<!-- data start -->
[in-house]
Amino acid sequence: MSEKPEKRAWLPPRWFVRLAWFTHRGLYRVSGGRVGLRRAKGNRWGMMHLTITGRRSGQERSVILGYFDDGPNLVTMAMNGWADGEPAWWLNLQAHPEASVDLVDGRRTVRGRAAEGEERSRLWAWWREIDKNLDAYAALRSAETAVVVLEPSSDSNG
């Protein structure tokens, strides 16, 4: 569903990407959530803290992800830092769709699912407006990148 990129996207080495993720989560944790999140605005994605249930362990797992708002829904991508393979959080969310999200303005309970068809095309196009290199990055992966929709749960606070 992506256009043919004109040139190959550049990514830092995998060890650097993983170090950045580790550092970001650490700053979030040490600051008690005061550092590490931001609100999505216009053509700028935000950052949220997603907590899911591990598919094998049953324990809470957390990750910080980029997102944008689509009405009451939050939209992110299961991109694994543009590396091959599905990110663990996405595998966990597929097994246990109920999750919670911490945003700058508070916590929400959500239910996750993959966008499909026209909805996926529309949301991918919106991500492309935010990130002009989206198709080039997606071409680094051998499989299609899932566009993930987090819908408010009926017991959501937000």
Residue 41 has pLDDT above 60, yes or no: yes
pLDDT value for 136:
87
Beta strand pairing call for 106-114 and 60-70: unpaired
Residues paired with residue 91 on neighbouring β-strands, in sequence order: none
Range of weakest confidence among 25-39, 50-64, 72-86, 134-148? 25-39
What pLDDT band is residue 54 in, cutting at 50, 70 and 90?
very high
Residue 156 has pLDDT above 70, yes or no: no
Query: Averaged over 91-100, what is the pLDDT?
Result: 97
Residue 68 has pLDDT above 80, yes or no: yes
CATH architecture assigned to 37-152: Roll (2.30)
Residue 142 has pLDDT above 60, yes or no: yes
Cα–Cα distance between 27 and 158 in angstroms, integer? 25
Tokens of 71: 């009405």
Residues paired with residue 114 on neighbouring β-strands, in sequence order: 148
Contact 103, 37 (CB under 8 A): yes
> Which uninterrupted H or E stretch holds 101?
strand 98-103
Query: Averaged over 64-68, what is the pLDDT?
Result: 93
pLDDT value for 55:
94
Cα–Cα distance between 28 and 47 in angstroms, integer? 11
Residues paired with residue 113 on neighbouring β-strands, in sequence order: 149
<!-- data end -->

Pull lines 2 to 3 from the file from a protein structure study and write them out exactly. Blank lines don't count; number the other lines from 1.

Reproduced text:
Amino acid sequence: MSEKPEKRAWLPPRWFVRLAWFTHRGLYRVSGGRVGLRRAKGNRWGMMHLTITGRRSGQERSVILGYFDDGPNLVTMAMNGWADGEPAWWLNLQAHPEASVDLVDGRRTVRGRAAEGEERSRLWAWWREIDKNLDAYAALRSAETAVVVLEPSSDSNG
């Protein structure tokens, strides 16, 4: 569903990407959530803290992800830092769709699912407006990148 990129996207080495993720989560944790999140605005994605249930362990797992708002829904991508393979959080969310999200303005309970068809095309196009290199990055992966929709749960606070 992506256009043919004109040139190959550049990514830092995998060890650097993983170090950045580790550092970001650490700053979030040490600051008690005061550092590490931001609100999505216009053509700028935000950052949220997603907590899911591990598919094998049953324990809470957390990750910080980029997102944008689509009405009451939050939209992110299961991109694994543009590396091959599905990110663990996405595998966990597929097994246990109920999750919670911490945003700058508070916590929400959500239910996750993959966008499909026209909805996926529309949301991918919106991500492309935010990130002009989206198709080039997606071409680094051998499989299609899932566009993930987090819908408010009926017991959501937000």